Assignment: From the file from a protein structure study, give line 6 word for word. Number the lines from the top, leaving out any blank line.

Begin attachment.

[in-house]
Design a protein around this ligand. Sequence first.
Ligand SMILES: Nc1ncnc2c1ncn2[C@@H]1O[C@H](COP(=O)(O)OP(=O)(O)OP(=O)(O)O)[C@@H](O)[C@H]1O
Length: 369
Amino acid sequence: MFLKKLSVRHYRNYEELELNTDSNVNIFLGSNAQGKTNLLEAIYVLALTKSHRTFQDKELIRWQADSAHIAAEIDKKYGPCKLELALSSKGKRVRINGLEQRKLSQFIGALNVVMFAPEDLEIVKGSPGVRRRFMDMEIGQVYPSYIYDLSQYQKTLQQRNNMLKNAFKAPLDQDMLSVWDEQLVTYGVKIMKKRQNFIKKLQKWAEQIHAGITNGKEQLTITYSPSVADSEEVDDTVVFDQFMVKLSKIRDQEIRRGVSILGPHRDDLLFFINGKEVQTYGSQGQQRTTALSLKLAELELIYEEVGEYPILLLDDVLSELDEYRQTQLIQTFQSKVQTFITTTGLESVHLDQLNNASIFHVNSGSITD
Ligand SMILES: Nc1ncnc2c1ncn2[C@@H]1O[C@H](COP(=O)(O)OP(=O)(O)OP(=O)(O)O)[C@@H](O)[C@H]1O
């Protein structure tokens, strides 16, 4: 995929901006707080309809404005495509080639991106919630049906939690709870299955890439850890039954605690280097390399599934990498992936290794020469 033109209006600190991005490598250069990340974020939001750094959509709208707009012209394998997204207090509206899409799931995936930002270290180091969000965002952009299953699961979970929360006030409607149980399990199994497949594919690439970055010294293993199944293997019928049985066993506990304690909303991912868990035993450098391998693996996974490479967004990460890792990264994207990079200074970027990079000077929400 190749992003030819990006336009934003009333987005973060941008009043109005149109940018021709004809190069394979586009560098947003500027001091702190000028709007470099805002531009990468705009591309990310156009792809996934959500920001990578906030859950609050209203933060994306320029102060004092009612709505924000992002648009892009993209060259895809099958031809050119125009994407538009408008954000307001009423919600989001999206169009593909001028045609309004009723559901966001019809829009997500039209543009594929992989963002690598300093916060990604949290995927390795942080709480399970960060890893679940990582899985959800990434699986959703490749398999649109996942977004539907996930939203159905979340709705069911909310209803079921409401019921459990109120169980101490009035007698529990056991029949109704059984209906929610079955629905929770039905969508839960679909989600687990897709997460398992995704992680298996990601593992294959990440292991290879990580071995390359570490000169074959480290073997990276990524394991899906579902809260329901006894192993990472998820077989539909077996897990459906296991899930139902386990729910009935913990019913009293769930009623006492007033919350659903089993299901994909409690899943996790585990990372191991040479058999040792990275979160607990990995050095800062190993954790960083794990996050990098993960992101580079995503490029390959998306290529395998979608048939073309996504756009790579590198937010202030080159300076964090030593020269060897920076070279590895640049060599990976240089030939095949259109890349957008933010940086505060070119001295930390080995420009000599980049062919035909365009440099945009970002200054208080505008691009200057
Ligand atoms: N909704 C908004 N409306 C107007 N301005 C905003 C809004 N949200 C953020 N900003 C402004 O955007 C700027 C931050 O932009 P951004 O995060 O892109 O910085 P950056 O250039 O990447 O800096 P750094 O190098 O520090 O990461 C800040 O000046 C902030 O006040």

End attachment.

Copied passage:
Ligand SMILES: Nc1ncnc2c1ncn2[C@@H]1O[C@H](COP(=O)(O)OP(=O)(O)OP(=O)(O)O)[C@@H](O)[C@H]1O